UK postal workers win reversal years after wrongful convictions
Between 2000 and 2014, the UK Post Office prosecuted 736 of its employees for shortfalls in earnings which were actually misreported due to bugs in the Post Office's software called Horizon. Disturbingly, wrongful convictions saw several employees serve jail time and lose families, all while the system knew of the underlying reality. These events have come to be known as the Post Office Trial.
Horizon was software created by Japanese company Fujitsu. Since 1999, it has been used by the Post Office network for tasks such as transactions, accounting, and stocktaking. Sub-postmasters complained of bugs in the system that reported shortfalls amounting to thousands of pounds. Despite this, Horizon's data was treated as indisputable evidence in trials that penalized several Post Office employees, around one employee per week.
In 2019, the Post Office agreed to pay £58 million in damages to 555 claimants. BBC reported that over 2,400 claims have been made. Six people were absolved of wrongdoing in December 2020 and 39 convictions were recently overturned. A new campaign calling for a public inquiry has been gathering steam. Some people recently absolved of crimes have supported the campaign.
I welcome the Court of Appeal's decision to overturn the convictions of 39 former sub-postmasters in the Horizon dispute, an appalling injustice which has had a devastating impact on these families for years.— Boris Johnson (@BorisJohnson) April 23, 2021
Lessons should and will be learnt to ensure this never happens again.
Although the Post Office agreed to settle for £58 million, a major chunk was swallowed up in legal fees. A paltry £12 million was shared among the 555 claimants, an average of approximately £20,000 each. Many of these employees had lost six-figure amounts.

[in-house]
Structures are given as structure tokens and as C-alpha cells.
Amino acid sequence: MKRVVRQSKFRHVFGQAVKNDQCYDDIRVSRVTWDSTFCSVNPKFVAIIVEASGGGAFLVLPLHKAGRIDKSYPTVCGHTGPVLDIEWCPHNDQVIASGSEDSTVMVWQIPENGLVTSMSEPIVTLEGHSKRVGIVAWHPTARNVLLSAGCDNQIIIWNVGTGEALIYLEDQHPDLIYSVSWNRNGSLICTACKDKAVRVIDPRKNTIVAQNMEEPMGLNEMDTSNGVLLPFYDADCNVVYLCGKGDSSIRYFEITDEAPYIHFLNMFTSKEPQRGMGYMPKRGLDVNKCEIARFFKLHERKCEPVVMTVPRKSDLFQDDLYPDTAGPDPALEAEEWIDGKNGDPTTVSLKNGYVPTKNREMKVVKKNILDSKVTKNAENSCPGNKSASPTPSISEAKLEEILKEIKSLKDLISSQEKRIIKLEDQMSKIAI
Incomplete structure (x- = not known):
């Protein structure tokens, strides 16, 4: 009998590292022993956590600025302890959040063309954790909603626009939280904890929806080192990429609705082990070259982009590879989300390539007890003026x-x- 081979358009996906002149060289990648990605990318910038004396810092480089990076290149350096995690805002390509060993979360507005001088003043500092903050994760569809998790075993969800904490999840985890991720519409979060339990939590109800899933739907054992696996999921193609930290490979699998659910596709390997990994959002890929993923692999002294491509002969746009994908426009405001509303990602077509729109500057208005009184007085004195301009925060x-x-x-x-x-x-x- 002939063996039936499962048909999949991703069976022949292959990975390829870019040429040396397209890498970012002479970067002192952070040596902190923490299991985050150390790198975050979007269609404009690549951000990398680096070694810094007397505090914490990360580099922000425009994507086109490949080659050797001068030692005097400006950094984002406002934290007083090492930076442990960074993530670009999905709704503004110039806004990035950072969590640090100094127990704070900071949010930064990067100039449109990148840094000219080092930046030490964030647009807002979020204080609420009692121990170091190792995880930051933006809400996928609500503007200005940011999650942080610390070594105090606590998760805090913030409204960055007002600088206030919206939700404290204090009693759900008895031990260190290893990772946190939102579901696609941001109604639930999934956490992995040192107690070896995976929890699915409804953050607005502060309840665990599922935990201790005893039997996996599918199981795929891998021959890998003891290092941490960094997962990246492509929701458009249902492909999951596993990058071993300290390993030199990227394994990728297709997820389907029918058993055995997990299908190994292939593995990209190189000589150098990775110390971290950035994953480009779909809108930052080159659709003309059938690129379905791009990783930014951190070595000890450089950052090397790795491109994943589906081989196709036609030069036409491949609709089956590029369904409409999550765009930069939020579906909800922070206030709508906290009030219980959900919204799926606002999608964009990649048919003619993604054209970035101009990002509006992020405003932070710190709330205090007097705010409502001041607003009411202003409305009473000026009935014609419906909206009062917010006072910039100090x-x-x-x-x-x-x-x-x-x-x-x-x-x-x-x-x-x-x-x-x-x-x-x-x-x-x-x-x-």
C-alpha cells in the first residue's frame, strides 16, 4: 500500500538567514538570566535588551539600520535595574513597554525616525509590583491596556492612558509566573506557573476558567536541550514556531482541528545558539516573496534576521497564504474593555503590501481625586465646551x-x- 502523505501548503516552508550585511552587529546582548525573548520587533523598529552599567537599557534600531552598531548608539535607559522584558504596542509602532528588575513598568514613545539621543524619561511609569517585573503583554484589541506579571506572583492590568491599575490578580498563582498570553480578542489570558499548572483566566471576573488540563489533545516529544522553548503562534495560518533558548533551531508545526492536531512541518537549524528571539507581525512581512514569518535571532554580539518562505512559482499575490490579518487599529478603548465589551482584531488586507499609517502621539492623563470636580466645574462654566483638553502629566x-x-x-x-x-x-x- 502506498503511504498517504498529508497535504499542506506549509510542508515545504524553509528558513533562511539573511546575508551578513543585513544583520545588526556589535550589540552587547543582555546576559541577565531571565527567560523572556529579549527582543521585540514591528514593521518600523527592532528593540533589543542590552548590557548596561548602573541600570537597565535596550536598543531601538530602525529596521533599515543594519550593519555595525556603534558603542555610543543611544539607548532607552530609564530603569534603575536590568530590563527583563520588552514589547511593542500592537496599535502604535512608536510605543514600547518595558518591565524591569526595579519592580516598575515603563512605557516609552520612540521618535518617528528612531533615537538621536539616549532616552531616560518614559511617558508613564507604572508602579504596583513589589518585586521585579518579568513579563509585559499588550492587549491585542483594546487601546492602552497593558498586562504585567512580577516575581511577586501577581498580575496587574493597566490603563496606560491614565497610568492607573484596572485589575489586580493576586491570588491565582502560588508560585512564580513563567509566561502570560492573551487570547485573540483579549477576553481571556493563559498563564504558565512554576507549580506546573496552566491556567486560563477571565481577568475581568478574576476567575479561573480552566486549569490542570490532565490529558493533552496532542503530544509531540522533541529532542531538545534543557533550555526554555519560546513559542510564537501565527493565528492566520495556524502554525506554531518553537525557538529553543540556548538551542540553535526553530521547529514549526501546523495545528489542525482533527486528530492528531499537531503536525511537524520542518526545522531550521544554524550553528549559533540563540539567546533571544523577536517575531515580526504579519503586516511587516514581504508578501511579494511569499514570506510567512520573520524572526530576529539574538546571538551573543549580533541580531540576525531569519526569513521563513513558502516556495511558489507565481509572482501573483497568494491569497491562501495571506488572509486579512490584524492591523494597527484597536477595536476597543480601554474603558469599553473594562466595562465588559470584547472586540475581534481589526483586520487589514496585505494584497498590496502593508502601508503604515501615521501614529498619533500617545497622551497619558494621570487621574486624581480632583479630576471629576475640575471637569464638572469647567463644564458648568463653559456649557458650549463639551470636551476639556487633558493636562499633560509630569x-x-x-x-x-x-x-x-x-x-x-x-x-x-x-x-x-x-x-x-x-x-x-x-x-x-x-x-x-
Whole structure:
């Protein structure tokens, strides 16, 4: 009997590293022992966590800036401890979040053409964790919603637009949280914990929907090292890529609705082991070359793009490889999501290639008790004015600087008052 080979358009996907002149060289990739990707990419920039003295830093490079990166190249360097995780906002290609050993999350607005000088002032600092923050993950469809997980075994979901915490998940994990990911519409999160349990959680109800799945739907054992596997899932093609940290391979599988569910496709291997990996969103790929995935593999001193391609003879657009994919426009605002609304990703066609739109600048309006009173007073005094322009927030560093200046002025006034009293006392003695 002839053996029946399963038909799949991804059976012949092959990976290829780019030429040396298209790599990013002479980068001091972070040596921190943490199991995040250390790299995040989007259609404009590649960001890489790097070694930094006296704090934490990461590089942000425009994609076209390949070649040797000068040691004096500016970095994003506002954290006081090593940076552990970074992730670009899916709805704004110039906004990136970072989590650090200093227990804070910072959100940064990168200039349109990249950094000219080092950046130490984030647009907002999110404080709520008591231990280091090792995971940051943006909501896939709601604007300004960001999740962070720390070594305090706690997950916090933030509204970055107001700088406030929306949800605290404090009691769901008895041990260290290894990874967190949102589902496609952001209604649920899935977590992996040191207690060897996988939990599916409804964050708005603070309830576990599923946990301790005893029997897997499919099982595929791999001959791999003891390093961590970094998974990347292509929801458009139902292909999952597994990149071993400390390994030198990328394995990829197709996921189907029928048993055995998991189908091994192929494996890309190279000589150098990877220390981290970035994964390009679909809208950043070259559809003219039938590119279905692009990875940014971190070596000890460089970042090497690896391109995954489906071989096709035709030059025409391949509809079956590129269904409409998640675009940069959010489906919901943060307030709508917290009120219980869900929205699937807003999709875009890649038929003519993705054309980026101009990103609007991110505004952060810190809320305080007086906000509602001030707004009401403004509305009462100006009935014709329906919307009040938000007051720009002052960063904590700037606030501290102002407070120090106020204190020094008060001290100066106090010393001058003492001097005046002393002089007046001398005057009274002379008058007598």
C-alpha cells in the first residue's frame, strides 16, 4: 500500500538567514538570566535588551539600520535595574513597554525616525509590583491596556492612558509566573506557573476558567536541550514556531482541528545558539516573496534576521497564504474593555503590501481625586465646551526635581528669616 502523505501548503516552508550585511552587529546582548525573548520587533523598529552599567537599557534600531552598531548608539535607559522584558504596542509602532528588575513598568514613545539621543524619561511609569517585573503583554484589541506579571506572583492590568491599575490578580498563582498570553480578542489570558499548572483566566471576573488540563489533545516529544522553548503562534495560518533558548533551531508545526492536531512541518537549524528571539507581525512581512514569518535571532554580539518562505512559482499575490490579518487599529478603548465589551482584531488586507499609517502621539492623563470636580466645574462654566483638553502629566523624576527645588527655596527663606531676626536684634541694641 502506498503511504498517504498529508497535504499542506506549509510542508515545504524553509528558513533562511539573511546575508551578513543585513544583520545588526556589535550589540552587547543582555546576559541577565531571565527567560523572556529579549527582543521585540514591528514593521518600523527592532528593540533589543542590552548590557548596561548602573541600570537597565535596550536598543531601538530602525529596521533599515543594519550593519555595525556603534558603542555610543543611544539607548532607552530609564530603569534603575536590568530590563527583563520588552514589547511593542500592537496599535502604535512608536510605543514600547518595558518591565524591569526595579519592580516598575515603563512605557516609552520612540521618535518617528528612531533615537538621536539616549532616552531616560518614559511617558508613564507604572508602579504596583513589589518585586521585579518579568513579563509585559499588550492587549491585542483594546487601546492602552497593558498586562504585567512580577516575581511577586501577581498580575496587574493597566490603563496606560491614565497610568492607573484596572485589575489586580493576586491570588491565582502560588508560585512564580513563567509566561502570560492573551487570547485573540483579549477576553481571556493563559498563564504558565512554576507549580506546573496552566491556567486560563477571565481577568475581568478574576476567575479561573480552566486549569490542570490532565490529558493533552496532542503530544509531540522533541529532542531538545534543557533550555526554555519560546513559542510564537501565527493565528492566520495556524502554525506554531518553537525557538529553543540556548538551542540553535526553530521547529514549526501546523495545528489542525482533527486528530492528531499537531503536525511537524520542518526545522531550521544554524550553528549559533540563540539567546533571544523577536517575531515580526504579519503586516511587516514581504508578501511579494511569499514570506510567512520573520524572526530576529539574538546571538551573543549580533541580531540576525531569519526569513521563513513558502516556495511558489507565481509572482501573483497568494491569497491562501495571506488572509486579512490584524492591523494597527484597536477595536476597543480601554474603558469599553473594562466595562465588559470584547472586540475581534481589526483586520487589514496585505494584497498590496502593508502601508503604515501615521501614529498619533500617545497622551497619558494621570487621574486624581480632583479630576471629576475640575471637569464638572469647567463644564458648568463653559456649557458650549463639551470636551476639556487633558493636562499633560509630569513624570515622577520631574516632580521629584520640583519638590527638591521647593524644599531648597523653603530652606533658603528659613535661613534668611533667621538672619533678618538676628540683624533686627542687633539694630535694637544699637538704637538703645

However, an obvious question remains yet unanswered. Why did the UK government throw postmasters under the bus despite being made fully aware of Horizon's inadequacies even before it sued the employees? A representative for the Post Office workers said the organization "readily accepted the loss of life, liberty, and sanity of many ordinary people" in the "pursuit of reputation and profit," BBC reported.
Earlier in April, the chief executive of the Post Office Nick Read said that Horizon would be replaced with a cloud-based solution. Read added that the organization would coordinate with the UK government to compensate claimants suitably. The Communication Workers Union even said that Post Office CEO until 2019, Paula Vennells should be stripped of her CBE for "her part in the scandal".
Imagine yourselves in the victims' shoes. Janet Skinner was imprisoned for nine months, away from her two kids after Horizon showed a £59,000 shortfall. Many victims sold or re-mortgaged personal assets to cover up for the losses. One victim was pregnant when she was convicted of theft and imprisoned in 2010. Another reportedly committed suicide when Horizon pegged his losses at £100,000.
Although the Post Office scandal is reportedly the UK's largest-ever miscarriage of justice, the country's administration has knowingly turned a blind eye to far more heinous systemic horrors. In 2014, a Forbes report elaborated how gangs of Pakistani men raped 1,400 children from state-run homes in Rotherham over the course of 15 years, all while the police and other authorities protected the criminals.
No government officials went to prison for this, even as police arrested parents reporting the rapes while actively protecting the perpetrators. These crimes continued unabated because, just like the Horizon scandal, authorities were unwilling to acknowledge their mistakes. Meanwhile, similar instances of child abuse continue to be unearthed to this day in Rochdale, Telford, Oxford, Burnley, Leicester, Newcastle, Peterborough, Dewsbury, and Halifax.